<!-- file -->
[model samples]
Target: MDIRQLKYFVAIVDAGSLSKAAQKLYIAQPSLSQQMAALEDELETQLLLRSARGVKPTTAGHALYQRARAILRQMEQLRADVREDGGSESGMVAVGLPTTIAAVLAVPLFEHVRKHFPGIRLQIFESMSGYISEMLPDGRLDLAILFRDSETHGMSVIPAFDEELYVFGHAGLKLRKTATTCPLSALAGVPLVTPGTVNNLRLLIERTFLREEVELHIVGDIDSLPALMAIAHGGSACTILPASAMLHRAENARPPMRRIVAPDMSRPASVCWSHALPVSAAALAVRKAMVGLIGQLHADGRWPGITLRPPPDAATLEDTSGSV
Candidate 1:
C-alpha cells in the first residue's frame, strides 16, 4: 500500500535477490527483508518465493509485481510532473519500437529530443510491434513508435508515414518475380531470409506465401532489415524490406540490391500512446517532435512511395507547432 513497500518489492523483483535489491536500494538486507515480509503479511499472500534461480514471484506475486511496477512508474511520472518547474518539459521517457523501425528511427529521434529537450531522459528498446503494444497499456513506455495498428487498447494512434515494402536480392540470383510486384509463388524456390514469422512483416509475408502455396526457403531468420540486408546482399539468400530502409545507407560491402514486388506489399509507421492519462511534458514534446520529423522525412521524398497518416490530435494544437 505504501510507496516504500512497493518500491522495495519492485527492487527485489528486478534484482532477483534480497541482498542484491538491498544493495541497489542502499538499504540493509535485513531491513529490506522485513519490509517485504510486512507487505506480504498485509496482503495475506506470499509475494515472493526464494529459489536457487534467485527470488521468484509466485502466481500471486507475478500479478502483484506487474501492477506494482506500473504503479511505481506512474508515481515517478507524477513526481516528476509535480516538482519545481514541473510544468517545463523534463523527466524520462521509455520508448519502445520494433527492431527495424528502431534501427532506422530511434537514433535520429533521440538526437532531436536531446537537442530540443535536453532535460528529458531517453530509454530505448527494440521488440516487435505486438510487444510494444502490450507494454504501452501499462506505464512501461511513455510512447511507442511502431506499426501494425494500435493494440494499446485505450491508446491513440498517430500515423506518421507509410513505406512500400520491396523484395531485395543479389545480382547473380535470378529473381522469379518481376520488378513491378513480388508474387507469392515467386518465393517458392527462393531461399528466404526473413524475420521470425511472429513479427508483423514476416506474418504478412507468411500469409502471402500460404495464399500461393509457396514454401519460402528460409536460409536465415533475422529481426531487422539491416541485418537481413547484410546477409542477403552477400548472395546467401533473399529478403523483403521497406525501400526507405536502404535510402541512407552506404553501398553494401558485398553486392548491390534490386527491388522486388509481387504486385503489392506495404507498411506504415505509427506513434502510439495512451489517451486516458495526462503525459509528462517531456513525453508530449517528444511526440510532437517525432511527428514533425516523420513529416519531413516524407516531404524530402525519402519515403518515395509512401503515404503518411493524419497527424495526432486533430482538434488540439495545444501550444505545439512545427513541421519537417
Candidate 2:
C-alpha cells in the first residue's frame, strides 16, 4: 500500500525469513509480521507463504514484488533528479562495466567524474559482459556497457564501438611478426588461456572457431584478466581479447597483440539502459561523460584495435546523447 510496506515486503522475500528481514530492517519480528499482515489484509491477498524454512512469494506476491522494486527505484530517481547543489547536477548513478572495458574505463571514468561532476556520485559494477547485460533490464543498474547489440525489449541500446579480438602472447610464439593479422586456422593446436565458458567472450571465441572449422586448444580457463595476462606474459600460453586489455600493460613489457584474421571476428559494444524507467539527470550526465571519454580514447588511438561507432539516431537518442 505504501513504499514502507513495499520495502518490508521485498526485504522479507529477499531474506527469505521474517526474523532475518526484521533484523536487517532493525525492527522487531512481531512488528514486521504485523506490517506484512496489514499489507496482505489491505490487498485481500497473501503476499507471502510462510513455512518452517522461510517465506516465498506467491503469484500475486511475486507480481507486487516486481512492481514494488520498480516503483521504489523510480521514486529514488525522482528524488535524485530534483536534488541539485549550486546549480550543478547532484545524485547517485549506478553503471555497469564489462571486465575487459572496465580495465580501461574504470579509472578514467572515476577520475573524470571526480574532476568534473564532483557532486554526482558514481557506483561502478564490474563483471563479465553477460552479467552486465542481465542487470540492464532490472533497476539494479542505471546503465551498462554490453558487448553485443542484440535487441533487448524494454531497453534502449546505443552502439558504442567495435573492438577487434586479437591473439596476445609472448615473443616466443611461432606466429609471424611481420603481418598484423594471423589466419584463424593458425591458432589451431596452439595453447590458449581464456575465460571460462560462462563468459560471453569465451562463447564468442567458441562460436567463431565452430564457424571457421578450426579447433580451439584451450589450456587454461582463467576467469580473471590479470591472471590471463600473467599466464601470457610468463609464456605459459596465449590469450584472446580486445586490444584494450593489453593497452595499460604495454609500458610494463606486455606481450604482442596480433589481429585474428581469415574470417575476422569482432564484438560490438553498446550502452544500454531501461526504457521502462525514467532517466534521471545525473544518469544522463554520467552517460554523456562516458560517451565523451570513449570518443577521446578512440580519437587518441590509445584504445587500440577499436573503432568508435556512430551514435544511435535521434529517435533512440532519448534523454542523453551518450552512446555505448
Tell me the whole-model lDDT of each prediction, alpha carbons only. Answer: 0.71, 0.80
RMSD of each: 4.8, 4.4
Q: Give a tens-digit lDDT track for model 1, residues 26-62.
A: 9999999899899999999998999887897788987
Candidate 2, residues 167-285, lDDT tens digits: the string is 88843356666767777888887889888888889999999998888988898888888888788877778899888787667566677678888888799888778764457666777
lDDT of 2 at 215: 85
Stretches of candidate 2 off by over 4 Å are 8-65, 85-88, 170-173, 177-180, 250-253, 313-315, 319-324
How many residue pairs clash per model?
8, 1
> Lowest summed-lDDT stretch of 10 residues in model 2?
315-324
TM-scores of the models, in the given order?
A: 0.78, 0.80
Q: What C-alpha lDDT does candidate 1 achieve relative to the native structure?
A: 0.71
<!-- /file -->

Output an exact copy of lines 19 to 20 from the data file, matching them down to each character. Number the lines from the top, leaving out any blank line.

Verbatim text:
A: 0.78, 0.80
Q: What C-alpha lDDT does candidate 1 achieve relative to the native structure?